Isn't it amazing what resources and attention can be brought to bear on certain problems? SARS sparred with WAR for a while. Then, with Iraq vanquished, SARS commanded and still holds the front pages. Out of nowhere, governments find millions of dollars for SARS and billions for WAR. The media-fed crisis trumpets the toll: 34 dead and rising in T.O. from SARS. Thirty-four people dead before their time is tragic. But on the eve of this year's Smog Summit, taking place this weekend, we have to ask, what if that many people were dying every 12 days in Toronto of a known, treatable urban disease?
Why do we rarely hear about Toronto's out-of-control CARS epidemic? Did you know that a thousand Torontonians die annually from toxic air, largely from tailpipes? Did you know that our city council recently voted to spend a quarter of a billion dollars on a new downtown road that will bring more toxic car traffic downtown?
It's a global crisis when 500 million tailpipes spew poisons into our common atmosphere that later nestle in the deepest recesses of our lungs, where oxygen is absorbed into our bodies via our respiratory systems. That's respiratory, the "R" in SARS.
Typing everything in CAPITALS is bad manners. It's akin to SCREAMING. So let's calm Sars down. There.
Now on to CARS. Pick up a newspaper or flip on the tube and CARS are all over the place in sleek and sexy full-page ads, in special sections staffed by a raft of autophilic reporters.
For 20 years Toronto's city clerk has published reports and commitments to build a city where people matter, where the focus shifts away from CARS. The Official Plan talks about making sustainable choices and not compromising future generations.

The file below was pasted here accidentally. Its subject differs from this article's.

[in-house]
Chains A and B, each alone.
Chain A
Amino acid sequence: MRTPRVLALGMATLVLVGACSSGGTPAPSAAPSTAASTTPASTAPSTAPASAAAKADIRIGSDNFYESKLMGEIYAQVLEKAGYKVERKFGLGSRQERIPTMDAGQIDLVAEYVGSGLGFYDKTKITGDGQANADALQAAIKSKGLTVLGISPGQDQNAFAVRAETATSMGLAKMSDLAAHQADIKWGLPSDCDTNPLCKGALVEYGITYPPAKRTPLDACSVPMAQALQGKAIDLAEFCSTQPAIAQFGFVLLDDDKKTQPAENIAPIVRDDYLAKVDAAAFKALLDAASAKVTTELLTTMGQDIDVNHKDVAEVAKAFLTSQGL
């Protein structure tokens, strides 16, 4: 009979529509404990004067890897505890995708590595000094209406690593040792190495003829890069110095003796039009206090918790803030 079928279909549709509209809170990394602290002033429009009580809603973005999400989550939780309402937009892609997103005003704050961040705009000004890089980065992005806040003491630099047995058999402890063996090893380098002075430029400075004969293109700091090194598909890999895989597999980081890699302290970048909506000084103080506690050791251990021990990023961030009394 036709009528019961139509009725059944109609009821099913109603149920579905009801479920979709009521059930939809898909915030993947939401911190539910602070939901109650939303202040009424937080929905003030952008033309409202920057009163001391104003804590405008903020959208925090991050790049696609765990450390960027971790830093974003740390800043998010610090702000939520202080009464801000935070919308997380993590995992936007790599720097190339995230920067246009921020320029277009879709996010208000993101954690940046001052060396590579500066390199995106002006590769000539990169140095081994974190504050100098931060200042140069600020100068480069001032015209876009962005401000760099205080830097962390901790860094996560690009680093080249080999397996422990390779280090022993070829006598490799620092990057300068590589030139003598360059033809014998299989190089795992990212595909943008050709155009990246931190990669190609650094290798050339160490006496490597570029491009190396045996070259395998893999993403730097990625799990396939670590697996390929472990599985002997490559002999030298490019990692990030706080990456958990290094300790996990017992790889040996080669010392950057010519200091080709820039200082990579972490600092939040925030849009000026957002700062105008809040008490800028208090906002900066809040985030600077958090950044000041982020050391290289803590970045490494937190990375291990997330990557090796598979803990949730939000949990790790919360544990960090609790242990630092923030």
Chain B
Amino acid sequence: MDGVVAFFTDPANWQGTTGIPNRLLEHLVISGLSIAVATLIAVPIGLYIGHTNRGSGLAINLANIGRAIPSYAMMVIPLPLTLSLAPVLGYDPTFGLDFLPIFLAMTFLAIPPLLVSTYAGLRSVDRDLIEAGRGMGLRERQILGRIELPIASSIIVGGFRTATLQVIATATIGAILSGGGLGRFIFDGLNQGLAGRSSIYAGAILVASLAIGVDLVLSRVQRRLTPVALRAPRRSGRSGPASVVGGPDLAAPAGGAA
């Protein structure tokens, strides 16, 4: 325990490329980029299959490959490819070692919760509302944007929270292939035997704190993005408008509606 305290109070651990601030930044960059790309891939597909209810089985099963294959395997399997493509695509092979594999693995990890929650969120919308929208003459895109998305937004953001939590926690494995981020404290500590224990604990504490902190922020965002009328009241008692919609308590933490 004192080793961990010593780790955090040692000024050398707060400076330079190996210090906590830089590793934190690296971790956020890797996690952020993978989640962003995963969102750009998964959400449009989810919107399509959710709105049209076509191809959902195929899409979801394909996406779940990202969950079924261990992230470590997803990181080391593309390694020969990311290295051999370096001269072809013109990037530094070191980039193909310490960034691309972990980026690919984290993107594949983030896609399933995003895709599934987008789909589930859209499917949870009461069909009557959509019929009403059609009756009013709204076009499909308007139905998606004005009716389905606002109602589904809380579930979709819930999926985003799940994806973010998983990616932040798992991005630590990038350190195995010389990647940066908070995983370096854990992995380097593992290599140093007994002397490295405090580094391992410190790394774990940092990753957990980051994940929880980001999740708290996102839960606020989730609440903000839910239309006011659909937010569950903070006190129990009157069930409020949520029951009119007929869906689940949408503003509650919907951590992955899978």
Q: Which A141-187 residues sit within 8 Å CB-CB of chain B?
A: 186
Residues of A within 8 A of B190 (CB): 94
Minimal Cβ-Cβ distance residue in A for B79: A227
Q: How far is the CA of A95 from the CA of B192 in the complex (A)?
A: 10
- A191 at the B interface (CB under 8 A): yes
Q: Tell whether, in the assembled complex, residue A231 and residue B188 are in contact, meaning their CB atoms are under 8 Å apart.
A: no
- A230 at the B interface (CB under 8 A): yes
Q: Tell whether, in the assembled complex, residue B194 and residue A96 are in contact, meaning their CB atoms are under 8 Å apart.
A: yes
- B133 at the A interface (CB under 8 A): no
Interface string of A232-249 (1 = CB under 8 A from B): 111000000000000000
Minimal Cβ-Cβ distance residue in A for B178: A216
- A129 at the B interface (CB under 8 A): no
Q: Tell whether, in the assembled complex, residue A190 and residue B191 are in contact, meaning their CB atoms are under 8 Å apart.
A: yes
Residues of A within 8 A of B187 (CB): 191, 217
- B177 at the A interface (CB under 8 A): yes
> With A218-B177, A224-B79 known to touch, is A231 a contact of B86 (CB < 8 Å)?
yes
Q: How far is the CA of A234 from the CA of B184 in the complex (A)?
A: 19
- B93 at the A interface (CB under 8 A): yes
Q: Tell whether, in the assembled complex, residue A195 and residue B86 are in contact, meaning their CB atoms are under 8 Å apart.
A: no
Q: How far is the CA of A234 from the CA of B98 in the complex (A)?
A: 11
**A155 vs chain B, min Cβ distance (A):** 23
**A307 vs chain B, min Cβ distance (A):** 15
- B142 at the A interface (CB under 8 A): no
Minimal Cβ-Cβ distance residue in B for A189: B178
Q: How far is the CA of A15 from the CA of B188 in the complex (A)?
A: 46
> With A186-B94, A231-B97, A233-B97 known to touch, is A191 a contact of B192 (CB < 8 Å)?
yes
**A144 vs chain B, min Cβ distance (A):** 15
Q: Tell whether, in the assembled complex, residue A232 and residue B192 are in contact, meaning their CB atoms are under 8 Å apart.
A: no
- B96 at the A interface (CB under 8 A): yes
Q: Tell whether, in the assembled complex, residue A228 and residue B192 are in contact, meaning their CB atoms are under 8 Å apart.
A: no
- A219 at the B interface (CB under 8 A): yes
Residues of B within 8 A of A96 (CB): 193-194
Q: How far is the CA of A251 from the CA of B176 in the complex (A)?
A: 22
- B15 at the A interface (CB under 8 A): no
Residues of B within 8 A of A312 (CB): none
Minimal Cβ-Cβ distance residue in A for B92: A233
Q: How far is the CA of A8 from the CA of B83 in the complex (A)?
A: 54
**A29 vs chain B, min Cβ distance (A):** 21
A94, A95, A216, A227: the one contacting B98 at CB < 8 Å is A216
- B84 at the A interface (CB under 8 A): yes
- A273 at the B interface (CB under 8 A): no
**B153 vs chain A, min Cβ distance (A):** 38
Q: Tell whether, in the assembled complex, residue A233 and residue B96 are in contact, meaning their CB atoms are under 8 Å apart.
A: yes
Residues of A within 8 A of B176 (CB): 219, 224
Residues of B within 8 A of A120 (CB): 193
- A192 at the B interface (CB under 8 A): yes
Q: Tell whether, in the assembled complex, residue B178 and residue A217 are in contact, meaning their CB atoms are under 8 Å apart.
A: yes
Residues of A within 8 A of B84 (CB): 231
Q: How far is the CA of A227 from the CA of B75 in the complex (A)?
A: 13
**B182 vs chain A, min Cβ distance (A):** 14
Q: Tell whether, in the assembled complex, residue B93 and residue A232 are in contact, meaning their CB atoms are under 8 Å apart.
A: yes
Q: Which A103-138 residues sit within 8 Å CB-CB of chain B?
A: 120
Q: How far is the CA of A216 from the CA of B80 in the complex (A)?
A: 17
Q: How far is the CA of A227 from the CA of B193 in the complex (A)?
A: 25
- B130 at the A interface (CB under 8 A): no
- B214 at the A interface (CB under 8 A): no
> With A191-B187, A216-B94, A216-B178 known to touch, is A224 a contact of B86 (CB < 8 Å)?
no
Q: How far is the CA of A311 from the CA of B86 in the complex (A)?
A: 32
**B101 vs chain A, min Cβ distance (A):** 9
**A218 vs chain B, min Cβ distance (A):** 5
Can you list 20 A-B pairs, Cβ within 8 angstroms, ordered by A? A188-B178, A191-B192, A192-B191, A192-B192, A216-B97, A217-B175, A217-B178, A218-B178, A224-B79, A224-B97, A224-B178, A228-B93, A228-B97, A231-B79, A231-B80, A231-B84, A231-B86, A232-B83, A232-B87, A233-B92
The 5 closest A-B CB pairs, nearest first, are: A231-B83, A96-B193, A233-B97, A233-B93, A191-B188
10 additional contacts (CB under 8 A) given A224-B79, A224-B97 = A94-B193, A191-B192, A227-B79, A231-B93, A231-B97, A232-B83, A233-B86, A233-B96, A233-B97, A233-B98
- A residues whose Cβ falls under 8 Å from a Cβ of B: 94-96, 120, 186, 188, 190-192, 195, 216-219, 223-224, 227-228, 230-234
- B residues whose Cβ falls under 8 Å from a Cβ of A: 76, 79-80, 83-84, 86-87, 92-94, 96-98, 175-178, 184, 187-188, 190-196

So it's a shock that building a new road, with access ramps to the Gardiner downtown, the so-called Front Street Extension, could even be on the table. But the bulldozers are revving and the concrete mixers spinning. It was projected to cost $172 million - whoops, now up to $245 million and growing. Can we really afford to spend $3,000 per inch on a new downtown road? Too many Toronto city councillors have a windshield view of the world. Most alarming is councillor Joe Pantalone's boosterism, since the freeway will bring more mayhem to his own ward. Strange behaviour from the city's self-avowed tree advocate.
Skill-testing question: what causes more tree mortality (not to mention human mortality), car fumes or dog pee? In Amsterdam they're turning former street parking spaces into playgrounds for kids. But in Toronto kids swelter in the smoggy heat because there's no money to open the swimming pools. What if this quarter-billion were spent on uncovering creeks and creating neighbourhood ponds? Think what we could do with the 30 to 40 per cent of the city's surface area that's now choking under asphalt.
And while we're at it, let's establish a network of green, shady trails north and west and south. Then grab all those railway rights-of-way, stick up a fence, put down some crushed gravel as they've done in Montreal along an active CP line downtown and create bicycle expressways. Then let's create some car-free zones. When the CARS crisis is acknowledged for what it is, all kinds of things will become possible.